Archives for: June 2002, 03
Congratulations on your upcoming wedding! Shea, for this special occasion, a little reg'ler cake will do most folks no harm... but if you'd truly prefer a BTD-compliant wedding cake, let's give it a shot! I do hope this column "hits the air" in time to be of some help to you. :-D
Depending on your tolerance of grain, sugar and dairy, whether the cake will be homemade or ordered from a baker, and the size of your guest list, there are a number of options to consider.
(1) White spelt is an excellent substitute for the wheat flour used in cake recipes. If your organic grocer doesn't carry organic white spelt flour, it can be obtained through the Purity Foods or Frankferd Farms sites, for example. It is an avoid for nonsecretor Os, but if you "test-drive" some spelt bread before deciding on your wedding cake recipe, you'll know if it'll pass muster for you on this one occasion. We don't want the bride doubled over due to the wrong cake grain!! There are spelt cake recipes galore on the Internet and in cookbooks too numerous to list here, so if you can enlist the cooperation of the baker, you're set!
(2) Eggwhite-based batter is another way to get round the wheat problem. Many commercial bakers will make a genoise, or "flourless" cake for you. Because these cakes are softer, moister and of a more delicate texture, it may affect your original design -- wider than tall may be necessary in order to avert collapse! Nut flours (almond, walnut, hazelnut) take two minutes to make in a blender, and are great additions to genoises for the "stand-up" texture they confer, but if your guest list is too large to ascertain whether any person may be allergic to nuts, it may be better to use another method rather than risk a case of anaphylactic shock at the reception. :-} As with spelt, there are scads of flourless cake recipes on the Net, and in a multitude of cookbooks. Browse, pick & choose as your heart desires.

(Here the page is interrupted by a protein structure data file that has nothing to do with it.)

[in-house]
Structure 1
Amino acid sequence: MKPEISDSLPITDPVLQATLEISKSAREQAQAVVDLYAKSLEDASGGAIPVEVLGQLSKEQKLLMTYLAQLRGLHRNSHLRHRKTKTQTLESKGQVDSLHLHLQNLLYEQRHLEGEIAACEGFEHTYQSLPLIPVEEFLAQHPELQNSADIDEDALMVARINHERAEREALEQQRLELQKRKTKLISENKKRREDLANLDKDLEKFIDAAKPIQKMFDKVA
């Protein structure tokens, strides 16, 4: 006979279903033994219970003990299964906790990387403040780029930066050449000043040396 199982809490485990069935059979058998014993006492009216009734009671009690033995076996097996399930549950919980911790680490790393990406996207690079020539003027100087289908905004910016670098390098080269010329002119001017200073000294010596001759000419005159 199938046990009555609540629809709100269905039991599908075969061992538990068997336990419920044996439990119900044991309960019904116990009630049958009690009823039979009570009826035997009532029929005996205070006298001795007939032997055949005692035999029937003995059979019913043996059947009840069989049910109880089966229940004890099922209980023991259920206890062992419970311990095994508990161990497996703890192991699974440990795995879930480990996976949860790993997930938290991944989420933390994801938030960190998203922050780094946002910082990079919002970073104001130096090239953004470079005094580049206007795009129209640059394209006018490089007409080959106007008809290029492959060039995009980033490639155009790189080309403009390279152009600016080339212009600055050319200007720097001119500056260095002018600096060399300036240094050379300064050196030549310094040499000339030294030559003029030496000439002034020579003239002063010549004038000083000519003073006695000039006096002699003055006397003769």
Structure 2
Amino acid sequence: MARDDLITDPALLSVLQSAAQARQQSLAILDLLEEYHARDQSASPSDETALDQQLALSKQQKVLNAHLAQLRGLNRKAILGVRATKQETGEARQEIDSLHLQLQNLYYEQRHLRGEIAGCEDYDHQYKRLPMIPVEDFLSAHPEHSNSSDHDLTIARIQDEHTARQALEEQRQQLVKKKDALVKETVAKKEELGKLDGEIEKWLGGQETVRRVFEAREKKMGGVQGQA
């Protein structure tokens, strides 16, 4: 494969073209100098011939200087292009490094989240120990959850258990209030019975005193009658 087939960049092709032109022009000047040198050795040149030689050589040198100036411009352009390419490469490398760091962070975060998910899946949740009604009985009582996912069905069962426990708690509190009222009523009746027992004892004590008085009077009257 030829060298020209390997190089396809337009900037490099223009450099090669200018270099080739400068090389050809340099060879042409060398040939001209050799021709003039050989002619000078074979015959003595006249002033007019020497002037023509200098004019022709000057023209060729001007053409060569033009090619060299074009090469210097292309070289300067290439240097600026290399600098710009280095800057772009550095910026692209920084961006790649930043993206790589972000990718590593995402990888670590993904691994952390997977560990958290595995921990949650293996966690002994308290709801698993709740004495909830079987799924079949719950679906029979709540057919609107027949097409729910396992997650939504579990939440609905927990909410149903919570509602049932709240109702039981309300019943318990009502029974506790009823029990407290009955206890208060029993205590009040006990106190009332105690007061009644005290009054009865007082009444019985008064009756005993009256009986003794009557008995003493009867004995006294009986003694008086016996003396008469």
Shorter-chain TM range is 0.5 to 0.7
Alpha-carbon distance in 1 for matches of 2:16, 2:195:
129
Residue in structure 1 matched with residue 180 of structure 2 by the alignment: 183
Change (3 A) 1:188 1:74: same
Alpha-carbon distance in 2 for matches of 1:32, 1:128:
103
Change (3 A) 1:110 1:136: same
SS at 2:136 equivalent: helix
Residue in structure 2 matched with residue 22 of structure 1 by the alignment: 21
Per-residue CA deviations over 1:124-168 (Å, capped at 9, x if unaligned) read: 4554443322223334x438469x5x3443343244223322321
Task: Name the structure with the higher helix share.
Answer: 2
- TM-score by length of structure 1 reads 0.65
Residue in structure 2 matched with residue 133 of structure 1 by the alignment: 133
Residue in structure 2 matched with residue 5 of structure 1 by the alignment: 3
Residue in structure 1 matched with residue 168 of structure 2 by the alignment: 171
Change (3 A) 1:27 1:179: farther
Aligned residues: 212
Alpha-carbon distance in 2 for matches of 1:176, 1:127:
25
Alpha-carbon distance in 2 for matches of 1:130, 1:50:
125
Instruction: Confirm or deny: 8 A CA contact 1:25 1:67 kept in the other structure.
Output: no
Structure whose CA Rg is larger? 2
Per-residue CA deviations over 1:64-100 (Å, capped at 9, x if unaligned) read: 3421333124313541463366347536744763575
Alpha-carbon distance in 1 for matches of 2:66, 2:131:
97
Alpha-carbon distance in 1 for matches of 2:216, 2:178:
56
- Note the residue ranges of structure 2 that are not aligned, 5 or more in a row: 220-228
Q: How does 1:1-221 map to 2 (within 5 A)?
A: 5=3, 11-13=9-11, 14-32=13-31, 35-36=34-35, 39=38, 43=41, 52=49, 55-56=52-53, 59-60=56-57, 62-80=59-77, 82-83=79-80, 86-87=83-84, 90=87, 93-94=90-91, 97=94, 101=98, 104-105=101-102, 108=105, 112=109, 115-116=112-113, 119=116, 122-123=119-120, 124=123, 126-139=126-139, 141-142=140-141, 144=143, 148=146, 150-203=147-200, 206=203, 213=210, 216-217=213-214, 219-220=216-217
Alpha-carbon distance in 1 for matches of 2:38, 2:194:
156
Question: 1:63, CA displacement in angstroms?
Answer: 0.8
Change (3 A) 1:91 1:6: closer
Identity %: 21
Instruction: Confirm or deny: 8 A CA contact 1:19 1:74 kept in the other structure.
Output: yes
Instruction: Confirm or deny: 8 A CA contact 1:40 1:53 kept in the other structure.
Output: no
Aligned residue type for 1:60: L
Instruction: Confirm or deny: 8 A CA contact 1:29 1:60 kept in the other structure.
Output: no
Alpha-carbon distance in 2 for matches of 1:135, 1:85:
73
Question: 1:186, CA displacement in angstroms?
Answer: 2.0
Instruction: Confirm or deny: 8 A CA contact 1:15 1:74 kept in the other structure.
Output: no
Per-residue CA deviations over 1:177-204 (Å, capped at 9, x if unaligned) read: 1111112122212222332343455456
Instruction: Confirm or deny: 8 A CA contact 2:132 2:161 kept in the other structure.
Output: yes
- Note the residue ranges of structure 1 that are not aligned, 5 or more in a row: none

(3) If you'd like an alternative to sugar, consider vegetable glycerine, a remarkable, lectin-free liquid sweetener made from coconuts. Get this: it actively stabilizes blood sugar levels rather than bouncing them around as refined sugar does. It's magic in baked goods -- tastes like sugar, no odd or overpowering flavor or aftertaste like stevia or molasses, and adds loft and moisture. NOW and Heritage are two brands which come to mind. Your health food store may carry one or both, and in any case they can order some for you. At the moment, Harvest Moon has the 16 oz. NOW product on sale. :-D
(4) Buttercream frosting can be made with butter or ghee, sugar or veg gly, and your chosen flavorings (almond, lemon... vanilla is neutral for O secretors now, by the way!). Glaze is a snap with veg gly as the base.
"Sucrose" is the two-molecule simple sugar that we know as... well, as "sugar." :-) It is present in many whole foods along with its companion elements. The immense quantities of refined varieties of sugar in the average American diet are contributors to type II diabetes, immune dysfunctions, and a load of other ailments. No lectin is involved -- it's rather a metabolic tolerance issue. But again, most people deal with small amounts without adverse result. Let your own body be your guide. :-)
Fruit is best eaten alone, on an empty stomach. When eaten with other items, grains in particular, it tends to push its way to first-in-line in the digestive queue. That said, many people have no trouble with fruit/meat combinations in meals, and some enjoy fruit/grain/dairy desserts without complaint. Test your own reactions eating it with or after foods of various kinds, and look for discomfort or gas -- if present, you may be better off including it as your day-starter.
I wish you all the best, and truly hope these notes will contribute to a very happy and healthy wedding day for you and your husband ~ and many joyful years to follow! Good Luck!!